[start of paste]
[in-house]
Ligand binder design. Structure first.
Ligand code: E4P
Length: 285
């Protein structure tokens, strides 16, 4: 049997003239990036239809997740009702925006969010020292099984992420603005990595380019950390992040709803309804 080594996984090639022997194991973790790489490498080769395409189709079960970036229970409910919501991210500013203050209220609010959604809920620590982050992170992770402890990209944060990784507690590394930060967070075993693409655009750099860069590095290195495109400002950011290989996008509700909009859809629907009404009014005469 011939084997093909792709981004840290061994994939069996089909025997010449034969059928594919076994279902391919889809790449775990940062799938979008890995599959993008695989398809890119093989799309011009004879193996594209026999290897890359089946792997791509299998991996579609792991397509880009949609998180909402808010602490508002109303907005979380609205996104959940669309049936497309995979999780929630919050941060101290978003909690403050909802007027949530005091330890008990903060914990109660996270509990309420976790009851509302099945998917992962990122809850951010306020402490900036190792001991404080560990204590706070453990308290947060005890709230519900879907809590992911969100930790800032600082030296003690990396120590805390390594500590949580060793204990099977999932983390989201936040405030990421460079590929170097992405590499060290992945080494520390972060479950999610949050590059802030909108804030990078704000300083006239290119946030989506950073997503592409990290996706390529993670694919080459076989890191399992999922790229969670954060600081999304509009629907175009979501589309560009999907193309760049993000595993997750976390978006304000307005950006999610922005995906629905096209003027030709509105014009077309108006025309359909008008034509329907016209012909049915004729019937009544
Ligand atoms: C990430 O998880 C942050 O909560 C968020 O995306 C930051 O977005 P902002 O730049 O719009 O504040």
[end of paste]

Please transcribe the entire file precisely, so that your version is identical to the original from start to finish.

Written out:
[in-house]
Ligand binder design. Structure first.
Ligand code: E4P
Length: 285
């Protein structure tokens, strides 16, 4: 049997003239990036239809997740009702925006969010020292099984992420603005990595380019950390992040709803309804 080594996984090639022997194991973790790489490498080769395409189709079960970036229970409910919501991210500013203050209220609010959604809920620590982050992170992770402890990209944060990784507690590394930060967070075993693409655009750099860069590095290195495109400002950011290989996008509700909009859809629907009404009014005469 011939084997093909792709981004840290061994994939069996089909025997010449034969059928594919076994279902391919889809790449775990940062799938979008890995599959993008695989398809890119093989799309011009004879193996594209026999290897890359089946792997791509299998991996579609792991397509880009949609998180909402808010602490508002109303907005979380609205996104959940669309049936497309995979999780929630919050941060101290978003909690403050909802007027949530005091330890008990903060914990109660996270509990309420976790009851509302099945998917992962990122809850951010306020402490900036190792001991404080560990204590706070453990308290947060005890709230519900879907809590992911969100930790800032600082030296003690990396120590805390390594500590949580060793204990099977999932983390989201936040405030990421460079590929170097992405590499060290992945080494520390972060479950999610949050590059802030909108804030990078704000300083006239290119946030989506950073997503592409990290996706390529993670694919080459076989890191399992999922790229969670954060600081999304509009629907175009979501589309560009999907193309760049993000595993997750976390978006304000307005950006999610922005995906629905096209003027030709509105014009077309108006025309359909008008034509329907016209012909049915004729019937009544
Ligand atoms: C990430 O998880 C942050 O909560 C968020 O995306 C930051 O977005 P902002 O730049 O719009 O504040």